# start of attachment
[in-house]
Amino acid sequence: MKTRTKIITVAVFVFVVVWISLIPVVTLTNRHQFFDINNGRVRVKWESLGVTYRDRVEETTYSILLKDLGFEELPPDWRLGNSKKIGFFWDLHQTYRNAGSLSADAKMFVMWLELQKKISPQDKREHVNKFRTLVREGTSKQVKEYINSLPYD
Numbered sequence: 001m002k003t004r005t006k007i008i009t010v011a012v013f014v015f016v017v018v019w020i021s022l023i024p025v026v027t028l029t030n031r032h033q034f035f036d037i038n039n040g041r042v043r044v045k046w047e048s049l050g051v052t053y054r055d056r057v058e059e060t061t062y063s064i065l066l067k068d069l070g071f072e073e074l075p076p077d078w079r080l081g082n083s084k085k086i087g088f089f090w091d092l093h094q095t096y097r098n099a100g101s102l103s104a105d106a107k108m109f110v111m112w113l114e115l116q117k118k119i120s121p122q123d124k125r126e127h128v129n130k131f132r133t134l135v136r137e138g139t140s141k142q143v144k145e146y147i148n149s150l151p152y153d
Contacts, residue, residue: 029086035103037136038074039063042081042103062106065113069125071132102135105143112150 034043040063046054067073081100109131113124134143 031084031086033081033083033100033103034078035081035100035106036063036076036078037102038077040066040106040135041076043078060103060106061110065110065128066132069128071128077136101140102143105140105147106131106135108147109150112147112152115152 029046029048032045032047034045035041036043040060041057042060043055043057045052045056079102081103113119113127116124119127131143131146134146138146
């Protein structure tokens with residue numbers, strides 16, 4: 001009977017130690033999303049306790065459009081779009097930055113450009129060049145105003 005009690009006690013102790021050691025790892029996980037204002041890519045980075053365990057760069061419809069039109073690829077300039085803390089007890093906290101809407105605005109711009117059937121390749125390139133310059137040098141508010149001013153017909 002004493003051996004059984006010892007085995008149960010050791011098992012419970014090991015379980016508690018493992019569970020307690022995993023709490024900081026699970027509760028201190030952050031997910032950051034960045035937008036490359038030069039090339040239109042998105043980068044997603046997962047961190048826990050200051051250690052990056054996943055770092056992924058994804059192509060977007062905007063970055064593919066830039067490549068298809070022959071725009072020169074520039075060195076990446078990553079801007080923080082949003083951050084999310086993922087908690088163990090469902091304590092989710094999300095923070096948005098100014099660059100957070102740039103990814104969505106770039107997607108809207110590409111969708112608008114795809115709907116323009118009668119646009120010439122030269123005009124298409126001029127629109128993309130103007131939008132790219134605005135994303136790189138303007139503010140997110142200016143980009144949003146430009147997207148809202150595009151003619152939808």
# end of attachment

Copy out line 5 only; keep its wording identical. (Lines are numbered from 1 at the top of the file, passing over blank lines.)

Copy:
């Protein structure tokens with residue numbers, strides 16, 4: 001009977017130690033999303049306790065459009081779009097930055113450009129060049145105003 005009690009006690013102790021050691025790892029996980037204002041890519045980075053365990057760069061419809069039109073690829077300039085803390089007890093906290101809407105605005109711009117059937121390749125390139133310059137040098141508010149001013153017909 002004493003051996004059984006010892007085995008149960010050791011098992012419970014090991015379980016508690018493992019569970020307690022995993023709490024900081026699970027509760028201190030952050031997910032950051034960045035937008036490359038030069039090339040239109042998105043980068044997603046997962047961190048826990050200051051250690052990056054996943055770092056992924058994804059192509060977007062905007063970055064593919066830039067490549068298809070022959071725009072020169074520039075060195076990446078990553079801007080923080082949003083951050084999310086993922087908690088163990090469902091304590092989710094999300095923070096948005098100014099660059100957070102740039103990814104969505106770039107997607108809207110590409111969708112608008114795809115709907116323009118009668119646009120010439122030269123005009124298409126001029127629109128993309130103007131939008132790219134605005135994303136790189138303007139503010140997110142200016143980009144949003146430009147997207148809202150595009151003619152939808």